The Government plans to oppose the case, presented by two British Christians, in which they demand the right to wear a Cross at work.
This is, says the Telegraph, the first time the Government is forced to say where it stands on the matter.Not, mind, out of its own initiative, but because the relevant documents were leaked to the Sunday Telegraph.
Note that the angry reaction came from the former so-called Archbishop of Canterbury, Carey. and from others among his colleagues, whilst prominent Muslims (Rowan Williams) and heathens (Vincent Nichols) do not seem, at least to my knowledge, equally vocal.
This is, though, the last example of how Cameron’s Government actively wages war against Christians.
And this moron should call himself, and be called, a Conservative?
What a joke.
Re-browsing the exceedingly beautiful “Life of Christ” from the great Fulton Sheen (a book that, if you ask me, should be obligatory reading in every RCIA, or confirmation class) I stumbled upon this very beautiful concept which, once again, made on me a profound impression (emphases always mine).
“The modern world, which denies personal guilt and admits only social crimes, which has no place for personal repentance but only public reforms, has divorced Christ from His Cross; the Bridegroom and Bride have been pulled apart. What God hath joined together, men have torn asunder. As a result, to the left is the Cross; to the right is the Christ”. [...] Communism comes along and picks up the meaningless Cross; Western post-Christian civilization chooses the unscarred Christ.”
“Communism has chosen the Cross in the sense that it has brought back to an egotistic world a sense of discipline, self-abnegation, surrender, hard work, study, and dedication to supraindividual goals. But the Cross without Christ is sacrifice without love. Hence, Communism has produced a society that is authoritarian, cruel, oppressive of human freedom, filled with concentrantion camps, firing squads, and brain-washings”
“The Western post-Christian civilization has picked up the Christ without His Cross. But a Christ without a sacrifice that reconciles the world to God is a cheap, feminized, colorless, itinerant preacher who deserves to be popular for His great Sermon on the Mount, but also merits unpopularity for what He said about His Divinity on the one hand, and divorce, judgment, and hell on the other. This sentimental Christ is patched together with a thousand commonplaces. [...] Without His Cross, He becomes nothing more than a sultry precursor of democracy or a humanitarian who taught brotherhood without tears”.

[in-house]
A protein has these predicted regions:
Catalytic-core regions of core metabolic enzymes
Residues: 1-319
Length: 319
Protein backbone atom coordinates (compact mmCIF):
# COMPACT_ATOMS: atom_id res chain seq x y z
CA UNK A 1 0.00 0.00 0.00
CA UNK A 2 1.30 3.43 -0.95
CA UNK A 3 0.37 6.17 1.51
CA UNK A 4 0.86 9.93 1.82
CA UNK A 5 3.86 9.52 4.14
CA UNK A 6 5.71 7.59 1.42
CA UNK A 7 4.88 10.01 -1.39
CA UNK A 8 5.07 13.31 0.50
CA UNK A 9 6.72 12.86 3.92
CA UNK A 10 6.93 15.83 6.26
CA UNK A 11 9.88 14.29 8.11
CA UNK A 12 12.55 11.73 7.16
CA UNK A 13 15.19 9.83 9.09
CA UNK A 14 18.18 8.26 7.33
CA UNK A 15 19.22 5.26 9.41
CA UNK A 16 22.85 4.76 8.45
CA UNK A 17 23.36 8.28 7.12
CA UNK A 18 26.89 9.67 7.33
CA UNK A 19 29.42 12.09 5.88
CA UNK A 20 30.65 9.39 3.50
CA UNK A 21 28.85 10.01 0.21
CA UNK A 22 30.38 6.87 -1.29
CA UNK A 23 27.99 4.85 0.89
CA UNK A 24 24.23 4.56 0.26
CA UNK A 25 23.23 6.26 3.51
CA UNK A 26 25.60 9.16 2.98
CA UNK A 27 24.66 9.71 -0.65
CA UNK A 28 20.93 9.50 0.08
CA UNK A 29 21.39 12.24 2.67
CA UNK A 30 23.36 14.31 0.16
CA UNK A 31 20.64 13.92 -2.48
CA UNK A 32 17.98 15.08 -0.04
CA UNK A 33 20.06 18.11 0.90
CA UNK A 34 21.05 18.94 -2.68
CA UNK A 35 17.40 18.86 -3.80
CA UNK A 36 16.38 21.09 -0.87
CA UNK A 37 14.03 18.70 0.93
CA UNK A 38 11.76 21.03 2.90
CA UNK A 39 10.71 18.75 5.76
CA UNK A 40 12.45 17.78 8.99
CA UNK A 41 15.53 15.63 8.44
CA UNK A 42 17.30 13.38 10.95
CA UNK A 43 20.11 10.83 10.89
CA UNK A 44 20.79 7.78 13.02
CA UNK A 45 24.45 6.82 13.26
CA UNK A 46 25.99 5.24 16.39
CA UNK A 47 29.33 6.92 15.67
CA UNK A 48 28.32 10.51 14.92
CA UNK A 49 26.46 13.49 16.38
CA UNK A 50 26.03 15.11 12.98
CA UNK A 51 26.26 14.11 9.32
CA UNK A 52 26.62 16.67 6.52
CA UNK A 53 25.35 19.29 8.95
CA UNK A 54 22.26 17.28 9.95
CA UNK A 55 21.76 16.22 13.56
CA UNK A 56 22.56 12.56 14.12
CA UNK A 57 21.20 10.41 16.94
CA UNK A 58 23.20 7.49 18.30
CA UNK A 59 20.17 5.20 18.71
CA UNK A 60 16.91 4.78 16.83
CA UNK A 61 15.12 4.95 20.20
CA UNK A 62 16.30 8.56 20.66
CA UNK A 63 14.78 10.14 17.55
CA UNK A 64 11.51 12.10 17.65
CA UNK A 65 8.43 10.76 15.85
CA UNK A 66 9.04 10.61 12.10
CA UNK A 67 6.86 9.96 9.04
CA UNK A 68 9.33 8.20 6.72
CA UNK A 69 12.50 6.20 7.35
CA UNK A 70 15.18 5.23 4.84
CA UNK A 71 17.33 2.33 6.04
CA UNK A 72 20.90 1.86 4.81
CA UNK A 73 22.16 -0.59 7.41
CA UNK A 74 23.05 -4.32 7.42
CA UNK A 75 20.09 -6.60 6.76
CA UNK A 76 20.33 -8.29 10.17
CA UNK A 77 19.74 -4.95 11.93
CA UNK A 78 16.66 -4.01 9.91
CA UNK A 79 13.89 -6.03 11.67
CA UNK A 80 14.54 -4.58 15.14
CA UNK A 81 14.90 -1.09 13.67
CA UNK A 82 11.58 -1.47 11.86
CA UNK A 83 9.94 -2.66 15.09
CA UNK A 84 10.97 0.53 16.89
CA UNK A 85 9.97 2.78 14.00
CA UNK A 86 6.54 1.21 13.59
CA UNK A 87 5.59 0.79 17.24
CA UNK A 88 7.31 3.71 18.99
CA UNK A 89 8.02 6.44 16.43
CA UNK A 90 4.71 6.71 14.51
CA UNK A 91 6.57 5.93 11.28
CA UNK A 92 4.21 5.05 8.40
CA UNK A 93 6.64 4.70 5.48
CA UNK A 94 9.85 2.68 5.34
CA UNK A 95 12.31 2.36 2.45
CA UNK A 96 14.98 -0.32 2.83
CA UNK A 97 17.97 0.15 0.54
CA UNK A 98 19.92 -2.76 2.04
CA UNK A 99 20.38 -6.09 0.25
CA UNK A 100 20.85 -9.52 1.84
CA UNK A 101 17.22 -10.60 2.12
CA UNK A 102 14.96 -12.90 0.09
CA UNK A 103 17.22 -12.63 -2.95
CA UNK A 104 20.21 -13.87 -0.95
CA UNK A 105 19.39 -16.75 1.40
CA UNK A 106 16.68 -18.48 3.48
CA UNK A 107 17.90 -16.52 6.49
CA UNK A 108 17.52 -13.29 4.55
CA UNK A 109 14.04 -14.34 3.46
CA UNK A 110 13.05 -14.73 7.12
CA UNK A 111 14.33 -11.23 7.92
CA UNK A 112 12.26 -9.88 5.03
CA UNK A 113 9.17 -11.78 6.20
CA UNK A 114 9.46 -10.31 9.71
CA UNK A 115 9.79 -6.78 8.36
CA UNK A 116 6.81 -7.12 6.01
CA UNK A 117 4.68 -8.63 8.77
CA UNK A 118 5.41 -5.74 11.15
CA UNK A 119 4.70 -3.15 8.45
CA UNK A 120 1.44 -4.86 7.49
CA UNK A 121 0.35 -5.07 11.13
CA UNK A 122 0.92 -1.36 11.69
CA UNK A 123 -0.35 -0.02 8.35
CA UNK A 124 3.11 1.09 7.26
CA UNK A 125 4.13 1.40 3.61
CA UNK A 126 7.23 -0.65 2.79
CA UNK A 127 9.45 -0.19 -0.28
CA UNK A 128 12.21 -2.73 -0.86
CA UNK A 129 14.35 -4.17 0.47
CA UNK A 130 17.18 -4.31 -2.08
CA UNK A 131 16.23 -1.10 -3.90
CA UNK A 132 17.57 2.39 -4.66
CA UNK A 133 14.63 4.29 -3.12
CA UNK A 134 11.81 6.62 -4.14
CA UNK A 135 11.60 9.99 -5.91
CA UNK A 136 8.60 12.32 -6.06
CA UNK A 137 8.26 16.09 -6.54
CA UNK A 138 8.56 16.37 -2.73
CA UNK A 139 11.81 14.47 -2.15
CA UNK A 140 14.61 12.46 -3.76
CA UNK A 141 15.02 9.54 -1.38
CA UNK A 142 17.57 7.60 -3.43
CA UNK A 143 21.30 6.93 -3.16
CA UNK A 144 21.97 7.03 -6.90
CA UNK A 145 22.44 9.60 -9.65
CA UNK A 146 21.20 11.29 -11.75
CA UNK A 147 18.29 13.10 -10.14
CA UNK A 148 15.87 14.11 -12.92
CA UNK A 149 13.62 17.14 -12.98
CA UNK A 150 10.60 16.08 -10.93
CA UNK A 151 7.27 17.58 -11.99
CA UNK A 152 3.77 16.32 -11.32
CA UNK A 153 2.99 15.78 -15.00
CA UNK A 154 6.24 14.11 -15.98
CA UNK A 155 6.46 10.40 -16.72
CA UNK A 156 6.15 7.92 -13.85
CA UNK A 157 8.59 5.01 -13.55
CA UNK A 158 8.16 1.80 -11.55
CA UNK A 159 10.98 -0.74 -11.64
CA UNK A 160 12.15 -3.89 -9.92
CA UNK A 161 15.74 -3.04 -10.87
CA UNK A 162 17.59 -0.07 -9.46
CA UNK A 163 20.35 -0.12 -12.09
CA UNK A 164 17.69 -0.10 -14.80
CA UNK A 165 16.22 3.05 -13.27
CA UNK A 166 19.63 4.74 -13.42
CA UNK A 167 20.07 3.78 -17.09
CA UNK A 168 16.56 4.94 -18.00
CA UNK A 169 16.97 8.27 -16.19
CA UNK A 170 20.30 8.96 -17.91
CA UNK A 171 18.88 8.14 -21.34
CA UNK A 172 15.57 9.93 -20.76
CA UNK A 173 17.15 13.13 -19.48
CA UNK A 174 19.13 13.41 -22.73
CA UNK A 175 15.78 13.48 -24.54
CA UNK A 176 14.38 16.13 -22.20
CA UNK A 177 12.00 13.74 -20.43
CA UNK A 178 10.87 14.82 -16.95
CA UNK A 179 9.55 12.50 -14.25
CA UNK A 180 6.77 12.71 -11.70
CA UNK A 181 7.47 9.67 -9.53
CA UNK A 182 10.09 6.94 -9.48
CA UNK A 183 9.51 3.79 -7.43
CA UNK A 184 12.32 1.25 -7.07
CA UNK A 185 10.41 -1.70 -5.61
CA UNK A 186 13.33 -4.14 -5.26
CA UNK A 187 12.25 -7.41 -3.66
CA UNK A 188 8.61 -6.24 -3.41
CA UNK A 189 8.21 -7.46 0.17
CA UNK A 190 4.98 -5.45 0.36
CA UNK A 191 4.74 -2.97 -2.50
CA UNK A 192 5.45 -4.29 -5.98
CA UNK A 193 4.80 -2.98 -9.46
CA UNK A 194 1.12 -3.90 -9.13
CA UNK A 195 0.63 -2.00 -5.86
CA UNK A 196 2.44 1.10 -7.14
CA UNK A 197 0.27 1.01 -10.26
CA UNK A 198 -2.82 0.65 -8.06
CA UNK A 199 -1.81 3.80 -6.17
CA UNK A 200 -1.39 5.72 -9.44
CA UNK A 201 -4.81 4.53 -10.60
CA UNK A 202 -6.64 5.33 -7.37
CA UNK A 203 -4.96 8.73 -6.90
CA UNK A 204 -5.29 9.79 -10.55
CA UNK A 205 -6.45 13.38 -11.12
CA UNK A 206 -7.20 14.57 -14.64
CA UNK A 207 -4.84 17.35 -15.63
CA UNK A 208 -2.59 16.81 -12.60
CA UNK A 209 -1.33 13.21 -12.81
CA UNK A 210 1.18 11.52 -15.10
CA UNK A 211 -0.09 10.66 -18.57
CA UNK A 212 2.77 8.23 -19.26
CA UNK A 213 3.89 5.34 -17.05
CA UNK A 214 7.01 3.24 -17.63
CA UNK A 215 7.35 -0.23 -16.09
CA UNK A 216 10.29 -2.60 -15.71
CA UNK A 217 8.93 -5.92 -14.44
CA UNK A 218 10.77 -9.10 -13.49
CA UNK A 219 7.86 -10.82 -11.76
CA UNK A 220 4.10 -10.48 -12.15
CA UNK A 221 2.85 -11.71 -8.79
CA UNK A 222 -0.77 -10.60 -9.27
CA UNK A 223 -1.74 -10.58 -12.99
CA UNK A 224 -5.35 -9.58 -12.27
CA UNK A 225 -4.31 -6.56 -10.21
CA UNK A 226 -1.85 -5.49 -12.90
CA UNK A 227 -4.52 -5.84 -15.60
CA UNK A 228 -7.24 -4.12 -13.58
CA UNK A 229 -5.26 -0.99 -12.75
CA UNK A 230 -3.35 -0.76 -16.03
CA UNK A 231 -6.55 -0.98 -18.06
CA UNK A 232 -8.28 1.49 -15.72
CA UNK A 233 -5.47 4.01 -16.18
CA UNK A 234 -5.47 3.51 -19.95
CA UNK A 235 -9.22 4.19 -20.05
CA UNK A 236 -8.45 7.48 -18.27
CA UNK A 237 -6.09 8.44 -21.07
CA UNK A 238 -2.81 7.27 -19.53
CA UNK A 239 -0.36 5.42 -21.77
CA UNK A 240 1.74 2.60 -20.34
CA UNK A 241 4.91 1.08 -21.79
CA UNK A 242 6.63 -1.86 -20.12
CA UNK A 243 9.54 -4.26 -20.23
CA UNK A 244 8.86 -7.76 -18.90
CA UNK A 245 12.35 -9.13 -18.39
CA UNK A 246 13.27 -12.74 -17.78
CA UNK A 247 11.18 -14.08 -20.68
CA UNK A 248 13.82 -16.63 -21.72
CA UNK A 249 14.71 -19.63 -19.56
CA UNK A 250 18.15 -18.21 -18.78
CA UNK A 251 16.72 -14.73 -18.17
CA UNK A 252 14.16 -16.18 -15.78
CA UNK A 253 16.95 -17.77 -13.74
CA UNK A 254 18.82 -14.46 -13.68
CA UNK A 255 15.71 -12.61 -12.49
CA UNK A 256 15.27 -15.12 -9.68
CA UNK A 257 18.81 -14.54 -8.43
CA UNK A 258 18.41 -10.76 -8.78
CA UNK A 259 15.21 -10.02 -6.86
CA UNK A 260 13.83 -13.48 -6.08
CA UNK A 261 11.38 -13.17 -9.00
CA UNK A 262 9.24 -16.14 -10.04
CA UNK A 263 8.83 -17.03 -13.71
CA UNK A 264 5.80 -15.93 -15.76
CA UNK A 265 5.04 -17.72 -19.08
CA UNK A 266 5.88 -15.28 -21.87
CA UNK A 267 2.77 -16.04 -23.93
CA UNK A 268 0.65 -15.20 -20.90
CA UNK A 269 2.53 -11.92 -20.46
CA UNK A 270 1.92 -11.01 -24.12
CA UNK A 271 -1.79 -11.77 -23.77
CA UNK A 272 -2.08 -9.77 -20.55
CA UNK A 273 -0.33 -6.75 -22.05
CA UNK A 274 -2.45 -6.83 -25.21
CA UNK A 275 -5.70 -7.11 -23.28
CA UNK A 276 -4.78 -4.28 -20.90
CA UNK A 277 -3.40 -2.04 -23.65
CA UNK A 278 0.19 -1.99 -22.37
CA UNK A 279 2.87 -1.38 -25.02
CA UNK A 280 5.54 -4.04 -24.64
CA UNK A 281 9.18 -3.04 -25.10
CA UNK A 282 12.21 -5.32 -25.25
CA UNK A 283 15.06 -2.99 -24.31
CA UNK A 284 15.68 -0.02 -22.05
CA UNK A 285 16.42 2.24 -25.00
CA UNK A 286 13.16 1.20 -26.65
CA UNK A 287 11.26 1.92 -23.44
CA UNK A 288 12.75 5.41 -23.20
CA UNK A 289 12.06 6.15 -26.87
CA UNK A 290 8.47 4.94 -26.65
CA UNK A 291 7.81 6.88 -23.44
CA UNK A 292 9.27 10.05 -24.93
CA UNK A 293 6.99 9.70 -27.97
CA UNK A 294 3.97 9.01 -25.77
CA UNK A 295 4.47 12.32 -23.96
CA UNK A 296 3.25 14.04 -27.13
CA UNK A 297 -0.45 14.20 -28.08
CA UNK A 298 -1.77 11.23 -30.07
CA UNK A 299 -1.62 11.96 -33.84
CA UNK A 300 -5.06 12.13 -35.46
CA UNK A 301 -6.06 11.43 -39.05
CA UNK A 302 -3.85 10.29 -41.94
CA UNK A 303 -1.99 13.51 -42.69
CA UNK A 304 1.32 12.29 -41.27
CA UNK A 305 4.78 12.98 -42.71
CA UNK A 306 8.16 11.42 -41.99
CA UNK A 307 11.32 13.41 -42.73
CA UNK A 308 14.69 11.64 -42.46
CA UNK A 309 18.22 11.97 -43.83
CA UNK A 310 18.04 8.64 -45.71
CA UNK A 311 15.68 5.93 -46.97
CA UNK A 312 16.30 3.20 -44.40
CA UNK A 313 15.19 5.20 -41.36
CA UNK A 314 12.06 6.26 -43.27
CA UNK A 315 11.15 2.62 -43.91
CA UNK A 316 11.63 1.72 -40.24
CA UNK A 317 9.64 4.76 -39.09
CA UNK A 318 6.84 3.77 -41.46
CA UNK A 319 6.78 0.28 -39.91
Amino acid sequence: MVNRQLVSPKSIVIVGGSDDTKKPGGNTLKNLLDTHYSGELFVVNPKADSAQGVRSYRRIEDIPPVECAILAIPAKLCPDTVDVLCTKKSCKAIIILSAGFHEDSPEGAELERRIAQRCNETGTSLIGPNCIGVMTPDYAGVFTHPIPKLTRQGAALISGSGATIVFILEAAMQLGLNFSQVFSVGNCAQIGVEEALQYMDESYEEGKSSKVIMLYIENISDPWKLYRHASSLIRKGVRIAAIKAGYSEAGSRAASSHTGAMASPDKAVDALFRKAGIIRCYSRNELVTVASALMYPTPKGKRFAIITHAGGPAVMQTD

This is impressive enough, and the lucidity of the man almost uncanny. The next part, though, is almost scarily prophetic.
“The problem now is: Will the Cross, which Communism hold in its hands, find Christ before the sentimental Christ of the Western world finds the Cross? It is our belief that Russia will find the Christ before the western world unites Christ with His Redemptive Cross”.
Communism is now, practically, no more; Russia is slowly but surely coming back to an increased form of religious practice. The West has deformed his “Christ without the Cross”, “patched together with a thousand commonplaces” to the point of parody, to an extent that Fulton Sheen probably couldn’t even imagine. Still, we can see a reaction forming already, with Christians now awakening to the danger and closing ranks.
This is also to be seen in the fundamental optimism of this great man, unable to wonder if Christ and the Cross will be reunited, but merely when.
Ah, to have half a dozen like him in these difficult times…
Good news from Peru.
A huge statue of Christ will be unveiled, probably on the Feast of Sts. Peter and Paul, on the 29th June.
We are talking here of 22 metre of statue atop a 15 metre base. This makes a total of 37 metres, something like 12 storeys of a normal building, on top of a hill overlooking Lima.
The idea is that the statue should be visible from every point of the Peruvian capital.